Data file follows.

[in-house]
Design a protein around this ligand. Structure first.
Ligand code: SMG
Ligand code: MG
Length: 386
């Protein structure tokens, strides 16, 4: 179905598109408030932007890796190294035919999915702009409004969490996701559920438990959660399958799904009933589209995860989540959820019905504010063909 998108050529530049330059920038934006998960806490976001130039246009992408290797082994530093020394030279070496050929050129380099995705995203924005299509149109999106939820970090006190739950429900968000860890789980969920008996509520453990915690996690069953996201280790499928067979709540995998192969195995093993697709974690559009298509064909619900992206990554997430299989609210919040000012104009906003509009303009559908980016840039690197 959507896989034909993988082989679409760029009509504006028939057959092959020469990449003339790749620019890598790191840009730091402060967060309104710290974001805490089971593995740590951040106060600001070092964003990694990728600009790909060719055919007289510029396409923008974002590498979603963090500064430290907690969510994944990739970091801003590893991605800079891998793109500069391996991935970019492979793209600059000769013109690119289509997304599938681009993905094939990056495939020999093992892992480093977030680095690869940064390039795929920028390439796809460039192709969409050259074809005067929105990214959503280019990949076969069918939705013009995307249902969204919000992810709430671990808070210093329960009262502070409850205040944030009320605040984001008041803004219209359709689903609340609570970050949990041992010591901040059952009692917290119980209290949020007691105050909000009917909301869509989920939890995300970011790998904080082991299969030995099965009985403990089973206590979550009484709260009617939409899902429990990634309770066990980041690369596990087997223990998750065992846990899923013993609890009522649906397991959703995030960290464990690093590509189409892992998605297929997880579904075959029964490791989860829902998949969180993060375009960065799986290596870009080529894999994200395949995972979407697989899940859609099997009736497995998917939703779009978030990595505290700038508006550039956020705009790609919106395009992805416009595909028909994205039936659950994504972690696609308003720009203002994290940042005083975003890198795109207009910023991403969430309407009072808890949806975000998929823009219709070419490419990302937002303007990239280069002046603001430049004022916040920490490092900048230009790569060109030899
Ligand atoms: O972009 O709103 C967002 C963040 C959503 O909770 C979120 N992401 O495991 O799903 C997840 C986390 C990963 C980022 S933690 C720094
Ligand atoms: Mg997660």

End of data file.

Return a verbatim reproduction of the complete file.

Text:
[in-house]
Design a protein around this ligand. Structure first.
Ligand code: SMG
Ligand code: MG
Length: 386
């Protein structure tokens, strides 16, 4: 179905598109408030932007890796190294035919999915702009409004969490996701559920438990959660399958799904009933589209995860989540959820019905504010063909 998108050529530049330059920038934006998960806490976001130039246009992408290797082994530093020394030279070496050929050129380099995705995203924005299509149109999106939820970090006190739950429900968000860890789980969920008996509520453990915690996690069953996201280790499928067979709540995998192969195995093993697709974690559009298509064909619900992206990554997430299989609210919040000012104009906003509009303009559908980016840039690197 959507896989034909993988082989679409760029009509504006028939057959092959020469990449003339790749620019890598790191840009730091402060967060309104710290974001805490089971593995740590951040106060600001070092964003990694990728600009790909060719055919007289510029396409923008974002590498979603963090500064430290907690969510994944990739970091801003590893991605800079891998793109500069391996991935970019492979793209600059000769013109690119289509997304599938681009993905094939990056495939020999093992892992480093977030680095690869940064390039795929920028390439796809460039192709969409050259074809005067929105990214959503280019990949076969069918939705013009995307249902969204919000992810709430671990808070210093329960009262502070409850205040944030009320605040984001008041803004219209359709689903609340609570970050949990041992010591901040059952009692917290119980209290949020007691105050909000009917909301869509989920939890995300970011790998904080082991299969030995099965009985403990089973206590979550009484709260009617939409899902429990990634309770066990980041690369596990087997223990998750065992846990899923013993609890009522649906397991959703995030960290464990690093590509189409892992998605297929997880579904075959029964490791989860829902998949969180993060375009960065799986290596870009080529894999994200395949995972979407697989899940859609099997009736497995998917939703779009978030990595505290700038508006550039956020705009790609919106395009992805416009595909028909994205039936659950994504972690696609308003720009203002994290940042005083975003890198795109207009910023991403969430309407009072808890949806975000998929823009219709070419490419990302937002303007990239280069002046603001430049004022916040920490490092900048230009790569060109030899
Ligand atoms: O972009 O709103 C967002 C963040 C959503 O909770 C979120 N992401 O495991 O799903 C997840 C986390 C990963 C980022 S933690 C720094
Ligand atoms: Mg997660």